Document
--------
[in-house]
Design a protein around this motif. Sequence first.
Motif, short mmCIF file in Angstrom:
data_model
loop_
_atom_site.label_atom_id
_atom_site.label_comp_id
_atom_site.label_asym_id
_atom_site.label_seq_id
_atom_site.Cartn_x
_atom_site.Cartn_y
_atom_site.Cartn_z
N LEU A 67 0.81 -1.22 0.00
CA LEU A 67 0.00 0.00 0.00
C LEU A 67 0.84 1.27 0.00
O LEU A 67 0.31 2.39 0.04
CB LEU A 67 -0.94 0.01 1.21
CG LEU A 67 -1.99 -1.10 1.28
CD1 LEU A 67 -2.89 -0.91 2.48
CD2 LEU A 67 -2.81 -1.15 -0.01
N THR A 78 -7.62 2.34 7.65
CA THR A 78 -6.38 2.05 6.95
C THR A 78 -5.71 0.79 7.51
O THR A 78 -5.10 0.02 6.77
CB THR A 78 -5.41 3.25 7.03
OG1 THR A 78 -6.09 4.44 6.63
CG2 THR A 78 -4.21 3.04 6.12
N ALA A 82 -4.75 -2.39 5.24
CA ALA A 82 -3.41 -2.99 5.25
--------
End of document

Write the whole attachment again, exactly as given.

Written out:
[in-house]
Design a protein around this motif. Sequence first.
Motif, short mmCIF file in Angstrom:
data_model
loop_
_atom_site.label_atom_id
_atom_site.label_comp_id
_atom_site.label_asym_id
_atom_site.label_seq_id
_atom_site.Cartn_x
_atom_site.Cartn_y
_atom_site.Cartn_z
N LEU A 67 0.81 -1.22 0.00
CA LEU A 67 0.00 0.00 0.00
C LEU A 67 0.84 1.27 0.00
O LEU A 67 0.31 2.39 0.04
CB LEU A 67 -0.94 0.01 1.21
CG LEU A 67 -1.99 -1.10 1.28
CD1 LEU A 67 -2.89 -0.91 2.48
CD2 LEU A 67 -2.81 -1.15 -0.01
N THR A 78 -7.62 2.34 7.65
CA THR A 78 -6.38 2.05 6.95
C THR A 78 -5.71 0.79 7.51
O THR A 78 -5.10 0.02 6.77
CB THR A 78 -5.41 3.25 7.03
OG1 THR A 78 -6.09 4.44 6.63
CG2 THR A 78 -4.21 3.04 6.12
N ALA A 82 -4.75 -2.39 5.24
CA ALA A 82 -3.41 -2.99 5.25